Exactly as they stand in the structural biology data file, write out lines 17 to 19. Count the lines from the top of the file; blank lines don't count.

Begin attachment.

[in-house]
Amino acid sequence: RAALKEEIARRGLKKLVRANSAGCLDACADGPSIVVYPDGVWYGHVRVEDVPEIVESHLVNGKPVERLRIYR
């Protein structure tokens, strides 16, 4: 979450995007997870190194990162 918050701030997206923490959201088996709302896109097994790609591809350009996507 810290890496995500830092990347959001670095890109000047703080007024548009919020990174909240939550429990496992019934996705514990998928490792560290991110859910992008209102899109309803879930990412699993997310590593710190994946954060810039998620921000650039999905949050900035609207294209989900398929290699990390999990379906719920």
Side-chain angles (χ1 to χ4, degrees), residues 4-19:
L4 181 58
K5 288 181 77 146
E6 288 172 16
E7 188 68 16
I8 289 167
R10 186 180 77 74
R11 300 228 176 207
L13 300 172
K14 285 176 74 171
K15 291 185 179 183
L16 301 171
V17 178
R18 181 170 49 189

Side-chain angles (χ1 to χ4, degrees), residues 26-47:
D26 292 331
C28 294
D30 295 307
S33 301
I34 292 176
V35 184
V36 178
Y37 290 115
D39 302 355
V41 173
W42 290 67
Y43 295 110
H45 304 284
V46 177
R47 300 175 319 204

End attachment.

R18 181 170 49 189

Side-chain angles (χ1 to χ4, degrees), residues 26-47:
D26 292 331